NASA’s space station cold atom laboratory has created ultra cold bubbles near absolute zero

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NASA’s space station cold atom laboratory has created ultra cold bubbles near absolute zero

Using NASA’s cold atom laboratory, the first quantum physics facility on the international space station, researchers cooled atomic samples to one millionth of absolute zero and molded them into extremely thin hollow spheres. The cold gas starts as a small ball, like an egg yolk, and then is carved into something more like a thin eggshell. The atoms converge downward and form things that are closer in shape to contact lenses than bubbles, an attempt that is impossible on earth.

This milestone can only be achieved in the microgravity environment of the space station. The relevant research report was published in nature on May 18 local time.

It is understood that ultra-low temperature bubbles can eventually be used in a new experiment of a more peculiar material: the fifth material state (different from gas, liquid, solid and plasma), which is called Bose Einstein condensate (BEC). In BEC, scientists can observe the quantum properties of atoms in the range visible to the naked eye. For example, atoms and particles sometimes behave like solid objects, and sometimes behave like waves — this quantum property is called “wave particle duality”.

The work does not require the assistance of astronauts. Ultra low temperature bubbles are made in a tightly sealed vacuum chamber in the cold atom laboratory. They use a magnetic field to gently manipulate the gas into different shapes. The laboratory itself — about the size of a mini refrigerator — is operated remotely by JPL.

The largest bubble is about 1 mm in diameter and 1 micron in thickness. They are so thin that only thousands of atoms can make them. In contrast, a cubic millimeter of air on earth contains about 1 billion trillion molecules.

The main author of this new work David aveline, a member of NASA’s cold atom laboratory science team at the Jet Propulsion Laboratory in Southern California, said: “These are not like your ordinary soap bubbles. As far as we know, nothing in nature can be as cold as the atomic gas produced in the cold atom laboratory. So we start with this very unique gas to study its performance when it is shaped into fundamentally different geometries. And historically, when a material is manipulated in this way, there can be very interesting physics and new applications.”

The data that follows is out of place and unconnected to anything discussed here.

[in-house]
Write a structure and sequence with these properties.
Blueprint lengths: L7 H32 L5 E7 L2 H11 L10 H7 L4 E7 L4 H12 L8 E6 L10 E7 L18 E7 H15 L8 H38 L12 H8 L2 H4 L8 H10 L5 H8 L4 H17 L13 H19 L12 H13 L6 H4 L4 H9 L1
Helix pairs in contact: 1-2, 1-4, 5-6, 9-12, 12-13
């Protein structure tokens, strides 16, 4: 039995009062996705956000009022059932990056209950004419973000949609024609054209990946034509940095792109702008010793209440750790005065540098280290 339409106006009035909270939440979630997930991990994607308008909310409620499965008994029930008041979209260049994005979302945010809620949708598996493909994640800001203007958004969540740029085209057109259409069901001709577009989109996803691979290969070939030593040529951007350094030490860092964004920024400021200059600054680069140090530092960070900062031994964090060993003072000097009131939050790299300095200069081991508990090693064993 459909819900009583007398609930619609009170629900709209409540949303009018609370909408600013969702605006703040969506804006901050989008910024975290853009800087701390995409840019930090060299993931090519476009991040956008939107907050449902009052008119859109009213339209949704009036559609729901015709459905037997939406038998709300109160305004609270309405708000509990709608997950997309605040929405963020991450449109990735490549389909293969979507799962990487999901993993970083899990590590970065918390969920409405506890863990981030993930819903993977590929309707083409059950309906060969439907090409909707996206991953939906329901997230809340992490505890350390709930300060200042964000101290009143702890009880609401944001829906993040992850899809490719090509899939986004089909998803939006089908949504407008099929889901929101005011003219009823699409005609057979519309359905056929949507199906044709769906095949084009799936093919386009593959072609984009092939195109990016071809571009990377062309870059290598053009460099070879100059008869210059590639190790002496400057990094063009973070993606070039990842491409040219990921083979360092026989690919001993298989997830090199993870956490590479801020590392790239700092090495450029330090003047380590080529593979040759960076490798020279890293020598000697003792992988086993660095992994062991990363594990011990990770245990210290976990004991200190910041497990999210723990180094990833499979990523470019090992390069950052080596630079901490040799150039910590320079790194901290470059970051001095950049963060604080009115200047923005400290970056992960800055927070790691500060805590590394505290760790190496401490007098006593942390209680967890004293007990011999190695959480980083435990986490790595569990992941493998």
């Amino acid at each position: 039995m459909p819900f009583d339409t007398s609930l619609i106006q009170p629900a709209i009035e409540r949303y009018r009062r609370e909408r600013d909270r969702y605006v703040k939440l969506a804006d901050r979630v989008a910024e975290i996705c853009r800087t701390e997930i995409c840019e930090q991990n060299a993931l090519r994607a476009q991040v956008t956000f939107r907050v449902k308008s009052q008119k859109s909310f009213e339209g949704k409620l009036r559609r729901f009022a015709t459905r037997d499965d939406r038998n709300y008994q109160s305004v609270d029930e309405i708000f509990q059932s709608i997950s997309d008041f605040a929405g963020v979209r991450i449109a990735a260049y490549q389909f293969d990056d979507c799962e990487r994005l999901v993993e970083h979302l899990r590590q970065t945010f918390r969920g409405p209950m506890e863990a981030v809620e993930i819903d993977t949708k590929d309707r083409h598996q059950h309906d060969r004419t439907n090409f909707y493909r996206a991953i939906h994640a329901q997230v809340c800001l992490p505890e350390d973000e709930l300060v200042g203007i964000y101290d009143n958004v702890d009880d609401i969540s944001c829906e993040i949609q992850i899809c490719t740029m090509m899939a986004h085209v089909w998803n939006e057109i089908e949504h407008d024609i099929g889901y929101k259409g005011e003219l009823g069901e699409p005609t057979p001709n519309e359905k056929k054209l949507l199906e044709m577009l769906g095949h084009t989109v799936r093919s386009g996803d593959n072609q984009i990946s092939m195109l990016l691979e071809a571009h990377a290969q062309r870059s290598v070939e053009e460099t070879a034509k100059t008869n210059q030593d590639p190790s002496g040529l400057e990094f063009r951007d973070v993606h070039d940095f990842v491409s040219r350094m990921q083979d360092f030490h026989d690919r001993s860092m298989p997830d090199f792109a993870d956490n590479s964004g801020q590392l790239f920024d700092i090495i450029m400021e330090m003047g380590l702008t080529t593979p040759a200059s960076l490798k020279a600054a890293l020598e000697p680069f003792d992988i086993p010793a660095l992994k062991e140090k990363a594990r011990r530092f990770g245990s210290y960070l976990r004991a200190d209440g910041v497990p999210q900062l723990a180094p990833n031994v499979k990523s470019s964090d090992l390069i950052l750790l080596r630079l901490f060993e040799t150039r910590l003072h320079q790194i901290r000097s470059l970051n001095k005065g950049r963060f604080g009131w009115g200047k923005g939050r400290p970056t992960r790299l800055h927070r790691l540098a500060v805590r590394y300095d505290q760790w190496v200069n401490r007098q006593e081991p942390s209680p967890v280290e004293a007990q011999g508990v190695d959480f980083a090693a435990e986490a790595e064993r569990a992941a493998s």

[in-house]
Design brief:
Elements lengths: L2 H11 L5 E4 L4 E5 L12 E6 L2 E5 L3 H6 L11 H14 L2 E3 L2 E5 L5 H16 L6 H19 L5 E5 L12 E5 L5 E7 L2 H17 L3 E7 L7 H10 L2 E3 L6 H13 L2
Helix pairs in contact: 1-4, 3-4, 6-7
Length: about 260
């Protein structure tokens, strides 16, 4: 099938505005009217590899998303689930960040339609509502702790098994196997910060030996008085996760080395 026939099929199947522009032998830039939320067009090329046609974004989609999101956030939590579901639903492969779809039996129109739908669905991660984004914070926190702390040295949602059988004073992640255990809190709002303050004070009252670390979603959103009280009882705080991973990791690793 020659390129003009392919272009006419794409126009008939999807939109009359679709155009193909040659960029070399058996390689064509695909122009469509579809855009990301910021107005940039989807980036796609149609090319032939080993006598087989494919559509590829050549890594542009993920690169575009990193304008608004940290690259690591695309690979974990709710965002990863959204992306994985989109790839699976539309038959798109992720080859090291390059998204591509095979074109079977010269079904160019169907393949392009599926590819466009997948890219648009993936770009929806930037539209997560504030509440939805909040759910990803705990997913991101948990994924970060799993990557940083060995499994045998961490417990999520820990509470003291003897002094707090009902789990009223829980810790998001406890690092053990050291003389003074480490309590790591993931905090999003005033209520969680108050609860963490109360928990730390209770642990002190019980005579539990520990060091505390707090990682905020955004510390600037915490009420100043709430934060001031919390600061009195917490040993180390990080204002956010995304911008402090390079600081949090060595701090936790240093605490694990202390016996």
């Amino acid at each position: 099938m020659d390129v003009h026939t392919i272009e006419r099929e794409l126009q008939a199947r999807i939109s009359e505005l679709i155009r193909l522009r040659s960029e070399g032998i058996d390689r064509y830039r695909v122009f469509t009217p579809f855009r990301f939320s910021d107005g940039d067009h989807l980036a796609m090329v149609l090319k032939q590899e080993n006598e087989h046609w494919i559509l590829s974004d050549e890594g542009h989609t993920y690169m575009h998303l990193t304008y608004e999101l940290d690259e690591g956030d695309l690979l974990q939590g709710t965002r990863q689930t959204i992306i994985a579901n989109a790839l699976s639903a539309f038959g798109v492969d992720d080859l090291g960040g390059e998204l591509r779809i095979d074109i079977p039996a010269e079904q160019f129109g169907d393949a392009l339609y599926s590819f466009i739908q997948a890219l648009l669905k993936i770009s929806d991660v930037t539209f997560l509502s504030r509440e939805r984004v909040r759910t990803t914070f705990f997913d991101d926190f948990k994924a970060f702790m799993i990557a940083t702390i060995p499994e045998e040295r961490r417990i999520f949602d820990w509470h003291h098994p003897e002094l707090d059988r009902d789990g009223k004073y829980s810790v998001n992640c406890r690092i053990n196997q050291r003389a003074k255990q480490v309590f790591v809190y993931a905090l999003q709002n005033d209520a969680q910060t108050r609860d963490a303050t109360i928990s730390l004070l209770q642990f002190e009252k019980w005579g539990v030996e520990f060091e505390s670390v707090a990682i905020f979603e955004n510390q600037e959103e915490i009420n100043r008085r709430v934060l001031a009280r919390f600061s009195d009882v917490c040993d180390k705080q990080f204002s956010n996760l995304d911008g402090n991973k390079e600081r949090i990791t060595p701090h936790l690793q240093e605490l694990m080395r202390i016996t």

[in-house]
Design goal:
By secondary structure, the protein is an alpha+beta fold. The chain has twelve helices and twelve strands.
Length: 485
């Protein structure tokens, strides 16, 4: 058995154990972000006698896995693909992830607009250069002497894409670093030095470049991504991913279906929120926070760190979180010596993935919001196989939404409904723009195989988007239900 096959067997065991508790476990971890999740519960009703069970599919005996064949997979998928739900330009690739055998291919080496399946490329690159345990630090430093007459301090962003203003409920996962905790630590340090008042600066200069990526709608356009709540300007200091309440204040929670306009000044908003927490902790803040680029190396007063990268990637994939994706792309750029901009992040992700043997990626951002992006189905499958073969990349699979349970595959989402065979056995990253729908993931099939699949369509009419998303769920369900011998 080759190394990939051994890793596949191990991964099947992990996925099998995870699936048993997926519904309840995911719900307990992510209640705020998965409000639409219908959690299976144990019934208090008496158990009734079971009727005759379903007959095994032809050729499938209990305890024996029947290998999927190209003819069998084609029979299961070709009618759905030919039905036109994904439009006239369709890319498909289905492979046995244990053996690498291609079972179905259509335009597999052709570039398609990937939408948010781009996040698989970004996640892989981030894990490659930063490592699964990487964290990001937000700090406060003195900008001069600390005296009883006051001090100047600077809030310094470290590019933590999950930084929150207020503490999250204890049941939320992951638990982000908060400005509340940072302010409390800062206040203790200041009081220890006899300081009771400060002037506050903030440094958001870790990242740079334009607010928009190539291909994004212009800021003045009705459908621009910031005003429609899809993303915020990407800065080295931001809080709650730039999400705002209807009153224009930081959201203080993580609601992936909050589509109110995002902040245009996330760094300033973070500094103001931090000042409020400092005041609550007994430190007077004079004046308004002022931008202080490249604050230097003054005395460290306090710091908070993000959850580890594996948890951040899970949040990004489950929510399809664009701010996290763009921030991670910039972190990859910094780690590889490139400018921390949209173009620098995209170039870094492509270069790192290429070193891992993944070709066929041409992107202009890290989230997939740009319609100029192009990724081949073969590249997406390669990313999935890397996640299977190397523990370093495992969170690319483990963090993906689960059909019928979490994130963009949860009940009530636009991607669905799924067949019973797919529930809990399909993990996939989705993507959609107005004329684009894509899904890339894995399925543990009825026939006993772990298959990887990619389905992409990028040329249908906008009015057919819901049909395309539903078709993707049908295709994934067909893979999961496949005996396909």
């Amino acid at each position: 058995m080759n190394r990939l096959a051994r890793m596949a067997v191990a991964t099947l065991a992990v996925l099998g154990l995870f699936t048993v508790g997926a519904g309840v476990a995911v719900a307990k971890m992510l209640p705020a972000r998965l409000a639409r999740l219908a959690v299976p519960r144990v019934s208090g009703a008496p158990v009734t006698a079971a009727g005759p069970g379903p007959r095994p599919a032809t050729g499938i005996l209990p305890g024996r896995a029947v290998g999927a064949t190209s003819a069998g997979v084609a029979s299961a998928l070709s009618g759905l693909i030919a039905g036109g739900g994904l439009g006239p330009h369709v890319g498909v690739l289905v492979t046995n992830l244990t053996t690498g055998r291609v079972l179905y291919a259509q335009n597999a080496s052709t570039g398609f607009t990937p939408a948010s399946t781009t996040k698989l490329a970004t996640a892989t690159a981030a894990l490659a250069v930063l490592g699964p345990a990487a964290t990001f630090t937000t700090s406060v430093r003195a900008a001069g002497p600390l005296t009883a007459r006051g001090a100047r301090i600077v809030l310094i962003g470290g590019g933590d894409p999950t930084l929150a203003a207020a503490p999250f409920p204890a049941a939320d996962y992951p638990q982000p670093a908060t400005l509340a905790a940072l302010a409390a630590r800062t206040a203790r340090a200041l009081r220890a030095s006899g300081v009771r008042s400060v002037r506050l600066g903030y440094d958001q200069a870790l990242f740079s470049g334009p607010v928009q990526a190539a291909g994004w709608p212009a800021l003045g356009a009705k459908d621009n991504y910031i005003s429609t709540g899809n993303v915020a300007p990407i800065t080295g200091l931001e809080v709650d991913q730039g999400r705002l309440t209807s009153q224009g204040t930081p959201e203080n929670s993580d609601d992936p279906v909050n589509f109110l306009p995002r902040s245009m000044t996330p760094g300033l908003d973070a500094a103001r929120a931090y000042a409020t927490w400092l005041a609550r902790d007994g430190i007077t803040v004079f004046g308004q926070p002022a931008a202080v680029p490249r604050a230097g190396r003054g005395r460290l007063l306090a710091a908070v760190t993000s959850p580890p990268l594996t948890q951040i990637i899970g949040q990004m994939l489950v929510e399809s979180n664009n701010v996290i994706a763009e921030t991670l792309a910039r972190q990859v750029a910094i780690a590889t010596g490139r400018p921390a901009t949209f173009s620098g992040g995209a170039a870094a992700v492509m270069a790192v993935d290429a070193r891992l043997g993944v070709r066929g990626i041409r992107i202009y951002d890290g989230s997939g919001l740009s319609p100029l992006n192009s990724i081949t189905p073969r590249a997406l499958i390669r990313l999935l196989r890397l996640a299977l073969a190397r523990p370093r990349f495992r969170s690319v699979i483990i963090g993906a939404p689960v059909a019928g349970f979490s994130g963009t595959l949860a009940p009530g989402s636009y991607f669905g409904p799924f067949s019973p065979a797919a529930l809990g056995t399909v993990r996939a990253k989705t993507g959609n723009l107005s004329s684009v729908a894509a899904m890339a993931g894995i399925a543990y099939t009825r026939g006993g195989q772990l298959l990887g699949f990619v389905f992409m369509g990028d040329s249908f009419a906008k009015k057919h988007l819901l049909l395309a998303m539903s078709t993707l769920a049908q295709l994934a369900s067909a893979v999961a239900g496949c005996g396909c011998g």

Exposing materials to different physical conditions is the core of understanding them. This is often the first step in finding practical applications for these materials.

The use of the cold atom laboratory on the space station for these types of experiments enables scientists to eliminate the effects of gravity, which is usually the main force affecting fluid motion and behavior. By doing so, scientists can better understand other factors at work, such as the surface tension or viscosity of liquids.

Now that scientists have created supercooled bubbles, they will next transition the supercooled gas that makes up the bubbles to the BEC state and see how it behaves.

“Some theoretical work shows that if we work with one of these bubbles in the BEC state, we may be able to form vortices in quantum materials – basically small vortices,” said Nathan Lundblad, a professor of physics at Bates College in Lewiston, Maine and the first researcher of the new study, “This is an example of physical configuration, which can help us better understand the characteristics of BEC and better understand the properties of quantum matter.”

The field of quantum science has brought the development of modern technology, such as transistors and lasers. Quantum surveys in earth orbit may lead to improvements in spacecraft navigation systems and sensors for the study of the earth and other celestial bodies in the solar system. The ultracold atomic facility has been operating on earth for decades, but in space, researchers can study ultracold atoms and BEC in new ways because the influence of gravity is reduced. This allows researchers to regularly reach lower temperatures and observe phenomena for longer than on earth.

Jason Williams, a project scientist at JPL cold atom laboratory, said: “the main goal of our cold atom laboratory is basic research – we hope to use the unique space environment of the space station to explore the quantum properties of matter. Studying ultracold atoms in new geometry is a perfect example.”